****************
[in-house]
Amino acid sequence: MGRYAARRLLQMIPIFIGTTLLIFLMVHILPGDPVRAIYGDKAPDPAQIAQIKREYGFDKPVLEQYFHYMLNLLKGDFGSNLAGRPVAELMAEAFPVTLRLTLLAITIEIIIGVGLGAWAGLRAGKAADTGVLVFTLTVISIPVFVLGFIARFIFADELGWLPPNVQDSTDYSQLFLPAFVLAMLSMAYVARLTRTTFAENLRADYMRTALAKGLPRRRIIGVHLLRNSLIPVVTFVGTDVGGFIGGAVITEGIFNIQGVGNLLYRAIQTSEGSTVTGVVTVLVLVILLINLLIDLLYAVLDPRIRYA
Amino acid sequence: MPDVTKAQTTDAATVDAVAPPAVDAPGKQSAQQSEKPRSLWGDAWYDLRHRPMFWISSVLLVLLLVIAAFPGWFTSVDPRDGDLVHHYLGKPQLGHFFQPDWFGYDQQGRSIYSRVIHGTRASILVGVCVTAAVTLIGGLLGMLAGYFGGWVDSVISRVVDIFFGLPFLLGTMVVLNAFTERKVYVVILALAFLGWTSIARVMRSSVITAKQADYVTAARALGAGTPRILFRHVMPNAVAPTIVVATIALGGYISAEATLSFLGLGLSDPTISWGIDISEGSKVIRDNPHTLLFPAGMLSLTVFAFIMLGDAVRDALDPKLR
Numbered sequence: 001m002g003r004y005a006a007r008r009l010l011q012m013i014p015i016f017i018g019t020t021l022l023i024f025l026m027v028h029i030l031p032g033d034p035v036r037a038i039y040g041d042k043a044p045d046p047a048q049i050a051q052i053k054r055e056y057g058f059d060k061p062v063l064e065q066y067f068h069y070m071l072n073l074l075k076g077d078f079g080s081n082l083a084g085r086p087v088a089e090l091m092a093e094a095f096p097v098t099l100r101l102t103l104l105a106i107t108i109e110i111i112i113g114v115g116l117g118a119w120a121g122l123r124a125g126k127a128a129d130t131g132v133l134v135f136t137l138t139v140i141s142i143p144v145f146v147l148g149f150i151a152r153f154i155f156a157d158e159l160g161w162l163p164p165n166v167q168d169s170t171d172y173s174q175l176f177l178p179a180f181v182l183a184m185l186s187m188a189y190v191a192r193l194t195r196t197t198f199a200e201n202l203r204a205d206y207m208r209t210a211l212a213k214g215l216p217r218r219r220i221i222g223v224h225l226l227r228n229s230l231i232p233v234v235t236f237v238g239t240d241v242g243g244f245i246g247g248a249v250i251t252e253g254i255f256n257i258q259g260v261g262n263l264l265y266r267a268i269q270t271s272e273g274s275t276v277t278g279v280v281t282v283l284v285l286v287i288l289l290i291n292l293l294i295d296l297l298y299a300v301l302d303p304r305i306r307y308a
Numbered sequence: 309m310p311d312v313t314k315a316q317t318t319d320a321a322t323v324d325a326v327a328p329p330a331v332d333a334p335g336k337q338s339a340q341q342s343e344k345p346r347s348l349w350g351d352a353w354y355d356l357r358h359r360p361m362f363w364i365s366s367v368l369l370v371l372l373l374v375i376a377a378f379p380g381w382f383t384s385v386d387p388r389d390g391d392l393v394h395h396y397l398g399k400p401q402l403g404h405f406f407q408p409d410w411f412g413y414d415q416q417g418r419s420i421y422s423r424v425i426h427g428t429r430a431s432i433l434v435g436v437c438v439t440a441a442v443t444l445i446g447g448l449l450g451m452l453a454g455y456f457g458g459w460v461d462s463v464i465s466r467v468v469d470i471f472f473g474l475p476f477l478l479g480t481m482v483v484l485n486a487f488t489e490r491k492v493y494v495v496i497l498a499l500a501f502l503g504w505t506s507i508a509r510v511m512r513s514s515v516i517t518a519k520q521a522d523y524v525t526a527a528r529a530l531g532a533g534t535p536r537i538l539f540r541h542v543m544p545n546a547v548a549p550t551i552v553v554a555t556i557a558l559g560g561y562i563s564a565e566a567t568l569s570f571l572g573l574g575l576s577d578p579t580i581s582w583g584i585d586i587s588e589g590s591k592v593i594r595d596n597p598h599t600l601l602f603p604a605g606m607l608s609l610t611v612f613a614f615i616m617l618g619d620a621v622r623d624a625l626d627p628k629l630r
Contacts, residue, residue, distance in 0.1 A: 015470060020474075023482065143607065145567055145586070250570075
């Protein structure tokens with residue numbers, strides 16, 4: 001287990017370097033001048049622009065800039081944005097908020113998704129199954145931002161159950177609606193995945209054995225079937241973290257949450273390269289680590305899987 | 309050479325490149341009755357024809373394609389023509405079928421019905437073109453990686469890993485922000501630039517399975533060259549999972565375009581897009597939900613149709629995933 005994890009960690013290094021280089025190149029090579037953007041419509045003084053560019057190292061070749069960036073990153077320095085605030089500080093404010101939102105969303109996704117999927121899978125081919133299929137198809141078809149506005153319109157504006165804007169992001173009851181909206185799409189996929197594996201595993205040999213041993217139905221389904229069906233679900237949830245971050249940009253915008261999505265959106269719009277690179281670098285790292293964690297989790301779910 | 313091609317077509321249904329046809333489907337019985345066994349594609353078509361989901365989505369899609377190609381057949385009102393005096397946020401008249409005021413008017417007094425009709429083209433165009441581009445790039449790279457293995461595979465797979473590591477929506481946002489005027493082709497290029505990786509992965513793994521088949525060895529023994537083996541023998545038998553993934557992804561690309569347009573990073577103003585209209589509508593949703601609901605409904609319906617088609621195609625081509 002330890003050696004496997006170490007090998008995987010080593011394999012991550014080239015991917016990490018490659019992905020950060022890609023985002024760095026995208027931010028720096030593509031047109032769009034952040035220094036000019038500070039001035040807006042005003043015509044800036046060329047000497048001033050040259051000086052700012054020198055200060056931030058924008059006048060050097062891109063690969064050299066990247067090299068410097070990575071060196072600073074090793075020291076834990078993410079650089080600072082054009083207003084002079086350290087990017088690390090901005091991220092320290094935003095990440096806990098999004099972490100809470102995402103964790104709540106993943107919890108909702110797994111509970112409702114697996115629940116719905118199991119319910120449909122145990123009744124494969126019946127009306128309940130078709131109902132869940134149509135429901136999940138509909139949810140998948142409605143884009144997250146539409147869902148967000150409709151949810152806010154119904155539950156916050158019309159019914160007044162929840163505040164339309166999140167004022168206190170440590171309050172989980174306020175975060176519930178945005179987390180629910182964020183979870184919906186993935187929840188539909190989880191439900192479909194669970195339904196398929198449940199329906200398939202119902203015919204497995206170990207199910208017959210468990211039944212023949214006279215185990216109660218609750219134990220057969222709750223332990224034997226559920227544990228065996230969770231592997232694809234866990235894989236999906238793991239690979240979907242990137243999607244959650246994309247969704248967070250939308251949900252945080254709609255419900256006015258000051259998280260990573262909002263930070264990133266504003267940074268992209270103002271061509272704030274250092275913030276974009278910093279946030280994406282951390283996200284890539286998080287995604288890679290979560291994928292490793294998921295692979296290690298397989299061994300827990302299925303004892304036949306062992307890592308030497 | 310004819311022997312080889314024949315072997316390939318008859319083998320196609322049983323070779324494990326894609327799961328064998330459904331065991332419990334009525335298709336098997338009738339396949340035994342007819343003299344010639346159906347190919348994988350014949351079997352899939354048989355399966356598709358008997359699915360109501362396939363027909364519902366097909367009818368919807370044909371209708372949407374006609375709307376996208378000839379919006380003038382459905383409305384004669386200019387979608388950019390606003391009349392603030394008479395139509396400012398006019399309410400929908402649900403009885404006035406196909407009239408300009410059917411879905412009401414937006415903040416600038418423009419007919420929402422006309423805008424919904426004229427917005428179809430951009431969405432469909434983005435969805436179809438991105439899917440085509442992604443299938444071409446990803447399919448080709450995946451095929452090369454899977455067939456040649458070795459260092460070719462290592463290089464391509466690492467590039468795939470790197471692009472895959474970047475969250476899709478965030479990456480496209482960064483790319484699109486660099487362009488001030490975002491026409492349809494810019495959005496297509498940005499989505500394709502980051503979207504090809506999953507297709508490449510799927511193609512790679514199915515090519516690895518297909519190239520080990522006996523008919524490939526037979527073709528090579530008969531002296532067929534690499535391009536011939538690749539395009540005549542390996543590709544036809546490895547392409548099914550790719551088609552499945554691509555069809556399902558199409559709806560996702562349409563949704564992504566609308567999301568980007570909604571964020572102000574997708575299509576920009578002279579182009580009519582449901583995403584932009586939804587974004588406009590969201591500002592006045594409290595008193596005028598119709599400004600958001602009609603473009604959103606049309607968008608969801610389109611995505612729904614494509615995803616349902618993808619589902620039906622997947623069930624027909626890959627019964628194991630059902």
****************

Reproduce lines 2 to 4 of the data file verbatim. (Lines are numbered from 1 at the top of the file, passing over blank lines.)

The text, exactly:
Amino acid sequence: MGRYAARRLLQMIPIFIGTTLLIFLMVHILPGDPVRAIYGDKAPDPAQIAQIKREYGFDKPVLEQYFHYMLNLLKGDFGSNLAGRPVAELMAEAFPVTLRLTLLAITIEIIIGVGLGAWAGLRAGKAADTGVLVFTLTVISIPVFVLGFIARFIFADELGWLPPNVQDSTDYSQLFLPAFVLAMLSMAYVARLTRTTFAENLRADYMRTALAKGLPRRRIIGVHLLRNSLIPVVTFVGTDVGGFIGGAVITEGIFNIQGVGNLLYRAIQTSEGSTVTGVVTVLVLVILLINLLIDLLYAVLDPRIRYA
Amino acid sequence: MPDVTKAQTTDAATVDAVAPPAVDAPGKQSAQQSEKPRSLWGDAWYDLRHRPMFWISSVLLVLLLVIAAFPGWFTSVDPRDGDLVHHYLGKPQLGHFFQPDWFGYDQQGRSIYSRVIHGTRASILVGVCVTAAVTLIGGLLGMLAGYFGGWVDSVISRVVDIFFGLPFLLGTMVVLNAFTERKVYVVILALAFLGWTSIARVMRSSVITAKQADYVTAARALGAGTPRILFRHVMPNAVAPTIVVATIALGGYISAEATLSFLGLGLSDPTISWGIDISEGSKVIRDNPHTLLFPAGMLSLTVFAFIMLGDAVRDALDPKLR
Numbered sequence: 001m002g003r004y005a006a007r008r009l010l011q012m013i014p015i016f017i018g019t020t021l022l023i024f025l026m027v028h029i030l031p032g033d034p035v036r037a038i039y040g041d042k043a044p045d046p047a048q049i050a051q052i053k054r055e056y057g058f059d060k061p062v063l064e065q066y067f068h069y070m071l072n073l074l075k076g077d078f079g080s081n082l083a084g085r086p087v088a089e090l091m092a093e094a095f096p097v098t099l100r101l102t103l104l105a106i107t108i109e110i111i112i113g114v115g116l117g118a119w120a121g122l123r124a125g126k127a128a129d130t131g132v133l134v135f136t137l138t139v140i141s142i143p144v145f146v147l148g149f150i151a152r153f154i155f156a157d158e159l160g161w162l163p164p165n166v167q168d169s170t171d172y173s174q175l176f177l178p179a180f181v182l183a184m185l186s187m188a189y190v191a192r193l194t195r196t197t198f199a200e201n202l203r204a205d206y207m208r209t210a211l212a213k214g215l216p217r218r219r220i221i222g223v224h225l226l227r228n229s230l231i232p233v234v235t236f237v238g239t240d241v242g243g244f245i246g247g248a249v250i251t252e253g254i255f256n257i258q259g260v261g262n263l264l265y266r267a268i269q270t271s272e273g274s275t276v277t278g279v280v281t282v283l284v285l286v287i288l289l290i291n292l293l294i295d296l297l298y299a300v301l302d303p304r305i306r307y308a